How many SMS messages fit on a floppy?
March 3, 2008 11:19 AM   Subscribe

Mathfilter: How many text messages (SMS) will fit on a floppy disk, or a CD-ROM? Once that number is derived, how much will it cost to send or receive that many messages if a consumer pays per message (American carriers or Intl carriers would be great)?

Probably best to assume assume that each message uses the maximum amount of characters permitted (although if you know the minimums allowed, then let's do the math on that as well.) Please show your work.
posted by kenneth to Technology (6 answers total)
wtf? Do the math yourself!
Here, I will dave you 30 seconds of googling.

SMS are 160 characters (bytes) max per message (min=0 bytes)
1.44Mb Floppy disks have 1,474,560 bytes
CDROMs have between 681,984,000 bytes (74m) and 737,280,000 bytes (80m)

so, a lot of messages will fit on a floppy. A hell of a lot of messages will fit on a CD. Both will cost a ridiculous amount to send via SMS when charged per message, no matter what the per message cost is...

(Flagged as homework)
posted by nielm at 11:39 AM on March 3, 2008

A CD has 333,000 sectors of 2352 bytes each. I'm not sure, but I'm guessing that an individual file must take up at least one sector, even though a text message (at 140 chars?) would be less. So, 333,000 SMS messages.

At $0.10 each, that'd be $33,000 to send.

If you put all the messages into a zip file, you could get a lot more on--you wouldn't need to worry about the sector-size floor, and you'd get compression. Assuming 140 bytes for each message, plus another 20 bytes (?) overhead, and 2:1 compression, that'd be 1.5 GB worth of messages at 160 bytes each, or 9,375,000 messages. At $0.10 each, that's $937,500. You might want to sign up for an all-you-can-text plan.
posted by adamrice at 11:41 AM on March 3, 2008

Assuming Latin encoding, I'll make the following estimate:

160 bytes of message + 40 bytes of header (estimate; can't find a real number) = 200 bytes per message.

A megabyte is 220 bytes.

So, 220 / 200 = 5242.8.

You can now multiply this by the capacity of a floppy disk: 1.44 * 5242.8 = 7549.7

A CD: 750 * 5242.8 = 3932160.0.

Also, this is like fourth-grade math...
posted by Netzapper at 11:44 AM on March 3, 2008

It sounds like any definitive answer is going to be based upon a bunch of assumptions regarding how the messages are going to be stored on the floppy/CD/whatever.

If each is stored as a a separate ASCII textfile then you need to consider file system (iso9660, fat, ntfs) limitations and storage quirks. If you were to store it in a single huge (delimited) file, then those limitations are not as relevant.

In either case, compression would make a huge difference (since that text should crunch down nicely).

Because these are such small files to begin with, changing these assumptions can greatly vary the results. (This is a roundabout way of asking what level of precision are you looking for, and why?)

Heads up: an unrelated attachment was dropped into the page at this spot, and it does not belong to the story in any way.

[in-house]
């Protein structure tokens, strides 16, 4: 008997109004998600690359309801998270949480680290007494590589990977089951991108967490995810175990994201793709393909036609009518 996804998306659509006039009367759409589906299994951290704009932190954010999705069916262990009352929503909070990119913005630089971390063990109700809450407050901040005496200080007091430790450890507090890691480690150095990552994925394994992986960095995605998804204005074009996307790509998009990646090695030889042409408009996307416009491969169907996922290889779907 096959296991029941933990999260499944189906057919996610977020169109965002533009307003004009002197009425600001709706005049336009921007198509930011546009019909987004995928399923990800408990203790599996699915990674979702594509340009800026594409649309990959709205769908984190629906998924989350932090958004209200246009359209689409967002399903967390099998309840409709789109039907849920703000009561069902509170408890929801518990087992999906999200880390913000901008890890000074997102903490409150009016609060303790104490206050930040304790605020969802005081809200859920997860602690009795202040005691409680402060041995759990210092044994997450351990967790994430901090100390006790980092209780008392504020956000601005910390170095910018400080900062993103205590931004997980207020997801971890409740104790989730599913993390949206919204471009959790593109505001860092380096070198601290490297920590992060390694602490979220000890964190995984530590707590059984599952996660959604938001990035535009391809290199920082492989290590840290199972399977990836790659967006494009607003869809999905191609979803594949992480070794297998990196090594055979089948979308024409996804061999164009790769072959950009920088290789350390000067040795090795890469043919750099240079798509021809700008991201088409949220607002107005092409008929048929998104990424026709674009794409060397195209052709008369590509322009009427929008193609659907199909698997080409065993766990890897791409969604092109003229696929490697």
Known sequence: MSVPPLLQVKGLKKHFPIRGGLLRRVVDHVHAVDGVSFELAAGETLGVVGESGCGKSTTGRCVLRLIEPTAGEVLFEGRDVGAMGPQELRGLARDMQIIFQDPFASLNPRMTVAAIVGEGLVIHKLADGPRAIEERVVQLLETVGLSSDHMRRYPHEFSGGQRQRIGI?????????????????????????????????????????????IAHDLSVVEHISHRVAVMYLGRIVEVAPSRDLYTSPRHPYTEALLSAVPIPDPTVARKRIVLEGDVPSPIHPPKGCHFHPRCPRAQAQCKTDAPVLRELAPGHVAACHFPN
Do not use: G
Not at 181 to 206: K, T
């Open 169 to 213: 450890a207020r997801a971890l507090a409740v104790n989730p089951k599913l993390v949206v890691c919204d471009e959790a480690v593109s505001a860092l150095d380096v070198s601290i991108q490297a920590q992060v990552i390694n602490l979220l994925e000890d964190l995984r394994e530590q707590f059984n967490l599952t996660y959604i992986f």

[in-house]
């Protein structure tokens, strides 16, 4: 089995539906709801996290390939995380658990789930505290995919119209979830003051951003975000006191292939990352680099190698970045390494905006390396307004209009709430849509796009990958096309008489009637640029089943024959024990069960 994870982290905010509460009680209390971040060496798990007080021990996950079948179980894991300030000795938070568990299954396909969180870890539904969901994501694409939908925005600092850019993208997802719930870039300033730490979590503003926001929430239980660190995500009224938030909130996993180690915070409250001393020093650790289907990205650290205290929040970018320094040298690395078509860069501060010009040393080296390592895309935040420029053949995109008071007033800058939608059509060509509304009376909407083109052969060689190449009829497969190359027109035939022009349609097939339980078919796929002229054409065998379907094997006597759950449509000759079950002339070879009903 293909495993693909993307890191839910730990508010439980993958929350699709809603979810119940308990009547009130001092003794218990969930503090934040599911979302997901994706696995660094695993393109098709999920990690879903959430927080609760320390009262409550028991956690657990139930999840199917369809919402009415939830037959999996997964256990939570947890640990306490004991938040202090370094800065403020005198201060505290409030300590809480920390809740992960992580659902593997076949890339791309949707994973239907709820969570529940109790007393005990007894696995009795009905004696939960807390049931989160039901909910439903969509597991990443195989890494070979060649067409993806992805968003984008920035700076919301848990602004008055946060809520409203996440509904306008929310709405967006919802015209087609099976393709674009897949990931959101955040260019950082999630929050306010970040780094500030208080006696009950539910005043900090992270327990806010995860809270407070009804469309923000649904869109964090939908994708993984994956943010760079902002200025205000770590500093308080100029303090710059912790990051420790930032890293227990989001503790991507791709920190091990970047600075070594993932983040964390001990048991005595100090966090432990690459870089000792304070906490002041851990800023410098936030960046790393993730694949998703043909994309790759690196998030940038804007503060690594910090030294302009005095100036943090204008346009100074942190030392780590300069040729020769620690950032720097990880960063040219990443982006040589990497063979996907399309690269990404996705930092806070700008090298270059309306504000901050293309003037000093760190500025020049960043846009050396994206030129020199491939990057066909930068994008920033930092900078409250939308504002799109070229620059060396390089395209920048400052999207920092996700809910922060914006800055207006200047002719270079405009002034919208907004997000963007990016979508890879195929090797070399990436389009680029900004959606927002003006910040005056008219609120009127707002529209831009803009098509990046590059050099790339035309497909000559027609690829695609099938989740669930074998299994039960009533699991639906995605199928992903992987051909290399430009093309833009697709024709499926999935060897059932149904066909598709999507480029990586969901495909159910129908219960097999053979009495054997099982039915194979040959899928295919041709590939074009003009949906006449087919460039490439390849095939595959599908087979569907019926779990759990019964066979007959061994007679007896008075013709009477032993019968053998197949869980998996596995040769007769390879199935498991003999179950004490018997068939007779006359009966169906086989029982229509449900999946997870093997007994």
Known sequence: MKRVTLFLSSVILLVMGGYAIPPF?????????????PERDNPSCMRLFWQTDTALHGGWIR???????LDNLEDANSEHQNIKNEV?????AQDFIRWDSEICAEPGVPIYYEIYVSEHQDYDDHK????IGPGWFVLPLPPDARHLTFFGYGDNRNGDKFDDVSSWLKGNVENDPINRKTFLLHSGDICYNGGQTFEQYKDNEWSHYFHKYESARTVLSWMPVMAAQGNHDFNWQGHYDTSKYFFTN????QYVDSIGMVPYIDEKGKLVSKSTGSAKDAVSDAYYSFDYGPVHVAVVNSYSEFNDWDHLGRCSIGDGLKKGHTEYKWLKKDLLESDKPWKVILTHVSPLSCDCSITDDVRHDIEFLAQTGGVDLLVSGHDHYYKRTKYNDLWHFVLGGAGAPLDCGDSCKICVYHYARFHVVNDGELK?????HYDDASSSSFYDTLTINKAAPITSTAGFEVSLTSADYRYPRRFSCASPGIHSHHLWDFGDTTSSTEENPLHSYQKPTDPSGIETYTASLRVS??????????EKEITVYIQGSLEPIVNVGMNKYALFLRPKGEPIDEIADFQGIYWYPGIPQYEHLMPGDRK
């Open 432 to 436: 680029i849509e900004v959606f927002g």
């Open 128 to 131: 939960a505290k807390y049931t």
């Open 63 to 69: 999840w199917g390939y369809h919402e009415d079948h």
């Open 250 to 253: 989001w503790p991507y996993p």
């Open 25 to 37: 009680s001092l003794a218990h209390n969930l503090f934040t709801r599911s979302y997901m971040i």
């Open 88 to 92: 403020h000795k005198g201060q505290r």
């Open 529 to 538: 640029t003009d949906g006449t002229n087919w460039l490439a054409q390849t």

posted by QuantumMeruit at 12:40 PM on March 3, 2008

Fun fact: text messages use 7 bit encoding by default, not 8 bit. That same description on Wikipedia implies that messages don't have a header (which doesn't make sense, since it needs routing info of some sort), but some digging reveals this detail about headers used in the server -> server (ie, AT&T forwarding to Sprint) communications. That link says 60 "octets" (bytes).

So each message is 160 * 7 bits + 60 * 8 bits = 1600 bits = 200 bytes.

Since that happens to work out to what Netzapper estimated, the rest of his calculations are correct.
posted by cschneid at 1:52 PM on March 3, 2008

It should be pointed out that the overhead of moving messages through the cellular network is significant, when you look at the bandwidth limits of the control channel that SMS rides, and the necessity of locating each phone in the HLR/VLR before it can be addressed, and all that.

It doesn't come anywhere near justifying $0.10/message. Not even a hundredth of that. But if you're thinking that SMS should be as cheap per meg as other data service, you're suffering a severe misunderstanding of how SMS works.

It'd be akin to saying that, because you can ship a 20-lb package for ten bucks, you should be able to mail 20 lbs of individual postcards for the same price.

If you for some reason need to move lots of data over a cellular connection, don't do it with SMS. Look into different packet data options. Even the circuit-switched data which occupies a voice channel as long as you're "dialed up", is more efficient than SMS because the routing of each piece of data is handled by an ISP's routers, rather than cellular switches. (Setting up a CSD connection involves several transactions on the control channel in addition to the voice channel it takes, so for occasional short messages, SMS is indeed more efficient.)
posted by Myself at 3:42 PM on March 3, 2008 [1 favorite]

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